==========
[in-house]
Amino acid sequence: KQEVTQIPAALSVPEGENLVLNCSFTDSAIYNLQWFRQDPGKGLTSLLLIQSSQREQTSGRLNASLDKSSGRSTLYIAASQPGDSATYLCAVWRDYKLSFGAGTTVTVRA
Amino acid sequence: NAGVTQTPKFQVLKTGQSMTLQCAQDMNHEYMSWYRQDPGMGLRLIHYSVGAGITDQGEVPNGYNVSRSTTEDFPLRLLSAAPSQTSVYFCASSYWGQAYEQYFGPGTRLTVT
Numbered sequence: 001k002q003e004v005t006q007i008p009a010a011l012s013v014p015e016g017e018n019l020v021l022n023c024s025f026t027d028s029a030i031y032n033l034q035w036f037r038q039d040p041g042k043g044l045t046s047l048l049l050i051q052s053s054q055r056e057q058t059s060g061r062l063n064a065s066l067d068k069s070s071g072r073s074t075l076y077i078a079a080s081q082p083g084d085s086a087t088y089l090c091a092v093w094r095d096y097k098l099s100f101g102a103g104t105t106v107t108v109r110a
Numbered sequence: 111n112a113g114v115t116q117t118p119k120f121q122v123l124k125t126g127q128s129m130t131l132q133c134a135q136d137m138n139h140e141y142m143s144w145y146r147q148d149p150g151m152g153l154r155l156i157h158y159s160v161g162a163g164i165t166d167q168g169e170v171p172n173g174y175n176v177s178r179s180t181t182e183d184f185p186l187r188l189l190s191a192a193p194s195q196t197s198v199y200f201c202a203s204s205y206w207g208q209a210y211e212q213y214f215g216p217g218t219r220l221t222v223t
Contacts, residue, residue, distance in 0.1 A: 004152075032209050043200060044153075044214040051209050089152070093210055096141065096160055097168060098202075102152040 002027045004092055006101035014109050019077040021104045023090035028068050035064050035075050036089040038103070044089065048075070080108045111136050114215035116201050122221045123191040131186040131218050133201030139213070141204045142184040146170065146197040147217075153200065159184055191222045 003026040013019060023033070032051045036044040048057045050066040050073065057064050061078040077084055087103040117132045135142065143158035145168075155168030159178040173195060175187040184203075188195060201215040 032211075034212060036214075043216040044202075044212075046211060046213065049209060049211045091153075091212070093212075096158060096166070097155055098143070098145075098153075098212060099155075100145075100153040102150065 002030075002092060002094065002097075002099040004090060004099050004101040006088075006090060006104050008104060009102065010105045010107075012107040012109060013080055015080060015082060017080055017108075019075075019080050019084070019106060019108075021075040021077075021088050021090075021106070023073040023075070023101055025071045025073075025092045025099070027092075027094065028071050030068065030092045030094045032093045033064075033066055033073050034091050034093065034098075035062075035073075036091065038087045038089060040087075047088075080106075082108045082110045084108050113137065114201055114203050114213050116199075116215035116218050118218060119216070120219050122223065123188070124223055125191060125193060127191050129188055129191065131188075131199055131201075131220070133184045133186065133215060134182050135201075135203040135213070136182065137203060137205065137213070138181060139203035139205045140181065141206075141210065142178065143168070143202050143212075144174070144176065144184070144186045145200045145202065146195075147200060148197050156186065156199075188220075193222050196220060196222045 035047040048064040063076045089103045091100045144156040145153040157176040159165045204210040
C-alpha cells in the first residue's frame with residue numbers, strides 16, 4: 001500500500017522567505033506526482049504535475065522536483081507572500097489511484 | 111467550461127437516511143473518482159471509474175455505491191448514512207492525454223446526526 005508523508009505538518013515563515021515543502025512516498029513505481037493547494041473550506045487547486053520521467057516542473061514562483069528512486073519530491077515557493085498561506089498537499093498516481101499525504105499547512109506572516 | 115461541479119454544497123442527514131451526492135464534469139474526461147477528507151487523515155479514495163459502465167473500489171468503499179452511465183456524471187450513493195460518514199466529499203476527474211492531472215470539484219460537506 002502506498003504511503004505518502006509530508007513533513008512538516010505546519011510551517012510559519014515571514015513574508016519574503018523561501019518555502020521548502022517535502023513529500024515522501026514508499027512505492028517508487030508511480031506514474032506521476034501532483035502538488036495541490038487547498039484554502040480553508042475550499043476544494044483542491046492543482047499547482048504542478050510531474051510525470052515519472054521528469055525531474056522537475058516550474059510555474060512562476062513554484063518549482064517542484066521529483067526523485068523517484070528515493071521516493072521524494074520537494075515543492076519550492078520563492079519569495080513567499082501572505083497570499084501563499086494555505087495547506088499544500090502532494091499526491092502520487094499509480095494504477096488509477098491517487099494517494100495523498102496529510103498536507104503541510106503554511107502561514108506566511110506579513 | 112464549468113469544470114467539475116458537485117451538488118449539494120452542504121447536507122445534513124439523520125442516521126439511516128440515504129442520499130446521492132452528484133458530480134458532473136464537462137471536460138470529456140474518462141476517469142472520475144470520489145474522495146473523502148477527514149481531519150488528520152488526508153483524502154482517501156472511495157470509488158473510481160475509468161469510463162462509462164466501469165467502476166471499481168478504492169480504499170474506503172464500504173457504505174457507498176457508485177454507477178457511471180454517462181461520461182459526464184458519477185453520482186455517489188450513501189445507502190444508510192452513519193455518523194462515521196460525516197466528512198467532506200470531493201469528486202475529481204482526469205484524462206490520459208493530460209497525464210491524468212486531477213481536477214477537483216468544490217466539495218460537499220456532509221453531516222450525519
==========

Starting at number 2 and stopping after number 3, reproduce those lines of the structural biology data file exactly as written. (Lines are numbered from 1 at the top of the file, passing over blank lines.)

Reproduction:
Amino acid sequence: KQEVTQIPAALSVPEGENLVLNCSFTDSAIYNLQWFRQDPGKGLTSLLLIQSSQREQTSGRLNASLDKSSGRSTLYIAASQPGDSATYLCAVWRDYKLSFGAGTTVTVRA
Amino acid sequence: NAGVTQTPKFQVLKTGQSMTLQCAQDMNHEYMSWYRQDPGMGLRLIHYSVGAGITDQGEVPNGYNVSRSTTEDFPLRLLSAAPSQTSVYFCASSYWGQAYEQYFGPGTRLTVT